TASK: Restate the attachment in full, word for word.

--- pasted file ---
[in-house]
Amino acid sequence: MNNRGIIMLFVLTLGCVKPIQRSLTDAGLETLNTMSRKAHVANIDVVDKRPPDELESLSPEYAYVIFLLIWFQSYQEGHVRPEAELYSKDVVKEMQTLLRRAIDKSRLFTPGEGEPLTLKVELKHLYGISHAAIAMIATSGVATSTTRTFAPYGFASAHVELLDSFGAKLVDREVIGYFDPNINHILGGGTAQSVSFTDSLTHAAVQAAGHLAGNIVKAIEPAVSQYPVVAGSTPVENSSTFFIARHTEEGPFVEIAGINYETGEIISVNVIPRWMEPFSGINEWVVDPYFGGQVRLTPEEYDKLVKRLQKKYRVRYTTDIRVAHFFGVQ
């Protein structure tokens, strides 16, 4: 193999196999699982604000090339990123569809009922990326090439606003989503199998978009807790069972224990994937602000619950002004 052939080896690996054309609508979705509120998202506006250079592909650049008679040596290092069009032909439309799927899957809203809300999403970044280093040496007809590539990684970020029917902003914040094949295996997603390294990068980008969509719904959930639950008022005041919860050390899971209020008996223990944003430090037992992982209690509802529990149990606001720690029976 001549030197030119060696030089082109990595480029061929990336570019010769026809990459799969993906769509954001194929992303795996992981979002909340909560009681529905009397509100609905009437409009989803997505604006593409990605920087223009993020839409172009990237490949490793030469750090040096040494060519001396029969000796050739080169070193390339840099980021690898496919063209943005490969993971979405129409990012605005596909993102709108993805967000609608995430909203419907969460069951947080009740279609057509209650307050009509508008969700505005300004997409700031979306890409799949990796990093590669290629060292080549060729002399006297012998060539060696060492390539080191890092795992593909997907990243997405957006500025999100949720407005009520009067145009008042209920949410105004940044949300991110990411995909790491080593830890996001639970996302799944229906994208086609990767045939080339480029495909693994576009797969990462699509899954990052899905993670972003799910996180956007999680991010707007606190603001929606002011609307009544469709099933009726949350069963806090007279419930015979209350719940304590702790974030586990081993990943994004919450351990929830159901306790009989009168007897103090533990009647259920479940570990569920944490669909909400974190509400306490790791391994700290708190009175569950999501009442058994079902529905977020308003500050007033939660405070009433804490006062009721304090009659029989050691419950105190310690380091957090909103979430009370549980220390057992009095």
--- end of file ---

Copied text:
[in-house]
Amino acid sequence: MNNRGIIMLFVLTLGCVKPIQRSLTDAGLETLNTMSRKAHVANIDVVDKRPPDELESLSPEYAYVIFLLIWFQSYQEGHVRPEAELYSKDVVKEMQTLLRRAIDKSRLFTPGEGEPLTLKVELKHLYGISHAAIAMIATSGVATSTTRTFAPYGFASAHVELLDSFGAKLVDREVIGYFDPNINHILGGGTAQSVSFTDSLTHAAVQAAGHLAGNIVKAIEPAVSQYPVVAGSTPVENSSTFFIARHTEEGPFVEIAGINYETGEIISVNVIPRWMEPFSGINEWVVDPYFGGQVRLTPEEYDKLVKRLQKKYRVRYTTDIRVAHFFGVQ
């Protein structure tokens, strides 16, 4: 193999196999699982604000090339990123569809009922990326090439606003989503199998978009807790069972224990994937602000619950002004 052939080896690996054309609508979705509120998202506006250079592909650049008679040596290092069009032909439309799927899957809203809300999403970044280093040496007809590539990684970020029917902003914040094949295996997603390294990068980008969509719904959930639950008022005041919860050390899971209020008996223990944003430090037992992982209690509802529990149990606001720690029976 001549030197030119060696030089082109990595480029061929990336570019010769026809990459799969993906769509954001194929992303795996992981979002909340909560009681529905009397509100609905009437409009989803997505604006593409990605920087223009993020839409172009990237490949490793030469750090040096040494060519001396029969000796050739080169070193390339840099980021690898496919063209943005490969993971979405129409990012605005596909993102709108993805967000609608995430909203419907969460069951947080009740279609057509209650307050009509508008969700505005300004997409700031979306890409799949990796990093590669290629060292080549060729002399006297012998060539060696060492390539080191890092795992593909997907990243997405957006500025999100949720407005009520009067145009008042209920949410105004940044949300991110990411995909790491080593830890996001639970996302799944229906994208086609990767045939080339480029495909693994576009797969990462699509899954990052899905993670972003799910996180956007999680991010707007606190603001929606002011609307009544469709099933009726949350069963806090007279419930015979209350719940304590702790974030586990081993990943994004919450351990929830159901306790009989009168007897103090533990009647259920479940570990569920944490669909909400974190509400306490790791391994700290708190009175569950999501009442058994079902529905977020308003500050007033939660405070009433804490006062009721304090009659029989050691419950105190310690380091957090909103979430009370549980220390057992009095």